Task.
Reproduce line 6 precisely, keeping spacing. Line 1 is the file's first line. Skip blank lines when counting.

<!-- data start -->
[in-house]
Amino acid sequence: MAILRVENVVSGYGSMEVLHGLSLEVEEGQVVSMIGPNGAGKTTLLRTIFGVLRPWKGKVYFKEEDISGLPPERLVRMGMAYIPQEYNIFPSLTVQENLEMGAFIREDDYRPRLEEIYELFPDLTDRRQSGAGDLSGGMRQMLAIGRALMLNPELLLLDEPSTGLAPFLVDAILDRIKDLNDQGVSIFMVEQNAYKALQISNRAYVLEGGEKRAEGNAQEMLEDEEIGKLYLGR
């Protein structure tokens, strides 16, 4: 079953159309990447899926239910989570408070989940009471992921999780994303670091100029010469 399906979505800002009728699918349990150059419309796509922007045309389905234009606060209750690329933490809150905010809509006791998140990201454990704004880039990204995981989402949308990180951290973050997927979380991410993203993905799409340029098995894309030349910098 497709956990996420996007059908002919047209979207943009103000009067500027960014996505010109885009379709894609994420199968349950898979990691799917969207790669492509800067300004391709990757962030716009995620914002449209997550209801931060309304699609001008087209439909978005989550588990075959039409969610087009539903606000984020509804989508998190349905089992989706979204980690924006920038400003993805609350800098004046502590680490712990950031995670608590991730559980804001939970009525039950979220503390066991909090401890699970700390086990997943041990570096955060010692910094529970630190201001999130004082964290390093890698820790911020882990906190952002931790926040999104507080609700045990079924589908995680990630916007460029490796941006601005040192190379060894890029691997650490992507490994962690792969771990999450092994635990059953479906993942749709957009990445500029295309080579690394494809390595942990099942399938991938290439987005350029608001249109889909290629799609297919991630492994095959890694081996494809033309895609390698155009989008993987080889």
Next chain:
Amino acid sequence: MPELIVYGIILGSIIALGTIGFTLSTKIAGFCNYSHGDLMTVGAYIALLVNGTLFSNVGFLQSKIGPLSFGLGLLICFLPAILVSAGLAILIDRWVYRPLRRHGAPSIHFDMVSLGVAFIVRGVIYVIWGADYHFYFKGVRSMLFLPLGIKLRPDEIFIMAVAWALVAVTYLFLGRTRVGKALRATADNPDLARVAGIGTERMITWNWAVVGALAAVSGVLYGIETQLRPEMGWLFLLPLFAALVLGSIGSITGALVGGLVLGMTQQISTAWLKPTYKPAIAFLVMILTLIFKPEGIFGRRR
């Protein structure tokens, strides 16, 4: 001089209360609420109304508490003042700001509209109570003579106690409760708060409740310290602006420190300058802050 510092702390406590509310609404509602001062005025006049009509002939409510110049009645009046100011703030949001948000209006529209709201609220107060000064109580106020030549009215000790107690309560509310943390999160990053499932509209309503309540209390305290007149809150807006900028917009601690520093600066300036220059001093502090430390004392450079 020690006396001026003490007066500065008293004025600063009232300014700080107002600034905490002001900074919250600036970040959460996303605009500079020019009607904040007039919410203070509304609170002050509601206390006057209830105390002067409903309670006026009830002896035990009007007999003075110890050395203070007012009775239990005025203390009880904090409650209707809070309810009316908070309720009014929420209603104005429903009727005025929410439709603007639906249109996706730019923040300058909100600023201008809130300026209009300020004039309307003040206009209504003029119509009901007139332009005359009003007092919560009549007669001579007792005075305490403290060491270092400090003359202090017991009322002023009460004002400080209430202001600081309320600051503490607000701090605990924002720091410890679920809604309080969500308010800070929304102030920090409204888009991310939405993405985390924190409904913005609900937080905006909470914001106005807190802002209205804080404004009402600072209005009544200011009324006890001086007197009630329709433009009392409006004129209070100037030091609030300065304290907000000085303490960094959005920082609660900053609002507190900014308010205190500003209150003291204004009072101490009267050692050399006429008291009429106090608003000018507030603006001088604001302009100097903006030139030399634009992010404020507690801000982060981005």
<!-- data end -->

């Protein structure tokens, strides 16, 4: 001089209360609420109304508490003042700001509209109570003579106690409760708060409740310290602006420190300058802050 510092702390406590509310609404509602001062005025006049009509002939409510110049009645009046100011703030949001948000209006529209709201609220107060000064109580106020030549009215000790107690309560509310943390999160990053499932509209309503309540209390305290007149809150807006900028917009601690520093600066300036220059001093502090430390004392450079 020690006396001026003490007066500065008293004025600063009232300014700080107002600034905490002001900074919250600036970040959460996303605009500079020019009607904040007039919410203070509304609170002050509601206390006057209830105390002067409903309670006026009830002896035990009007007999003075110890050395203070007012009775239990005025203390009880904090409650209707809070309810009316908070309720009014929420209603104005429903009727005025929410439709603007639906249109996706730019923040300058909100600023201008809130300026209009300020004039309307003040206009209504003029119509009901007139332009005359009003007092919560009549007669001579007792005075305490403290060491270092400090003359202090017991009322002023009460004002400080209430202001600081309320600051503490607000701090605990924002720091410890679920809604309080969500308010800070929304102030920090409204888009991310939405993405985390924190409904913005609900937080905006909470914001106005807190802002209205804080404004009402600072209005009544200011009324006890001086007197009630329709433009009392409006004129209070100037030091609030300065304290907000000085303490960094959005920082609660900053609002507190900014308010205190500003209150003291204004009072101490009267050692050399006429008291009429106090608003000018507030603006001088604001302009100097903006030139030399634009992010404020507690801000982060981005």